A white Phoenix police officer used lethal force on an unarmed Black man Tuesday night. The incident left the officer unharmed and Brisbon, 34, dead.
Phoenix police quickly released a detailed account of the killing for the media on Wednesday morning in what officials said was an effort to promote transparency, especially in light of the unrest that has played out in Ferguson and New York City following the deaths of unarmed Black men at the hands of White officers. But portions of that account have already been challenged by some witnesses and community activists who say that the officer's use of force was excessive and that Brisbon's death was unwarranted, AZCentral.com reports.
Shortly before 6 p.m. on Tuesday, officers were in the area for a burglary investigation when a resident of an apartment complex told them that men inside a black Cadillac SUV were engaged in a drug deal, said Sgt. Trent Crump, a Phoenix police spokesman.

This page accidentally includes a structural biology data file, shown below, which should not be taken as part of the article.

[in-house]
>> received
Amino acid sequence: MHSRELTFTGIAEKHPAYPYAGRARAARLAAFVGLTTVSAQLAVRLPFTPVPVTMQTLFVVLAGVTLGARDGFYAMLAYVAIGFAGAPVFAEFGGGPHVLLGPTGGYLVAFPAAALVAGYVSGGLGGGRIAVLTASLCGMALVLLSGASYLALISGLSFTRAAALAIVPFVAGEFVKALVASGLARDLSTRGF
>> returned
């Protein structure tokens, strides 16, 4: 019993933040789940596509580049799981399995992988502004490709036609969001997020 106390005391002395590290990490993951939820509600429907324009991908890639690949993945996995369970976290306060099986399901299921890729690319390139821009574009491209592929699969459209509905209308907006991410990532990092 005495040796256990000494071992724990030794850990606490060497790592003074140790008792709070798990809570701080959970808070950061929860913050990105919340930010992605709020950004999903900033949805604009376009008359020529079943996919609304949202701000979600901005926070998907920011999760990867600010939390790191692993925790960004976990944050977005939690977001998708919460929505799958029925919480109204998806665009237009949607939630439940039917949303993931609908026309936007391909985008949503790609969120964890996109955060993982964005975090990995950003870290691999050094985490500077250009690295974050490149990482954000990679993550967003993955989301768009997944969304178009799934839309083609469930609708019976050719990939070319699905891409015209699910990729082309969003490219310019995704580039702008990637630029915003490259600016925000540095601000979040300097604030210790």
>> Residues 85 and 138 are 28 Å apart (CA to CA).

The officer said the driver, later identified as Brisbon, got out and appeared to be removing something from the rear of the SUV. The officer told Brisbon to show his hands, but Brisbon stuffed his hands into his waistband, Crump said.
The officer drew his weapon and Brisbon ran toward nearby apartments, Crump said. A short foot chase ensued.
Brisbon refused to comply with the officer's commands to get on the ground, and the two struggled once the officer caught up with him, Crump said. "During the struggle, Brisbon put his left hand in his pocket and the officer grabbed onto the suspect's hand, while repeatedly telling the suspect to keep his hand in his pocket," he said. "The officer believed he felt the handle of a gun while holding the suspect's hand in his pocket."
The officer could no longer keep a grip on Brisbon's hand and, because he feared that the suspect had a gun in his pocket, fired two shots, Crump said.
The item in Brisbon's pocket turned out to be a bottle of oxycodone pills, he said.
"Let's be very clear: The officer was doing what we expect him to do, which is investigate crimes that neighbors are telling him are occurring in that part of the complex."
Crump said the department was not identifying the officer, a 30-year-old with seven years on the force.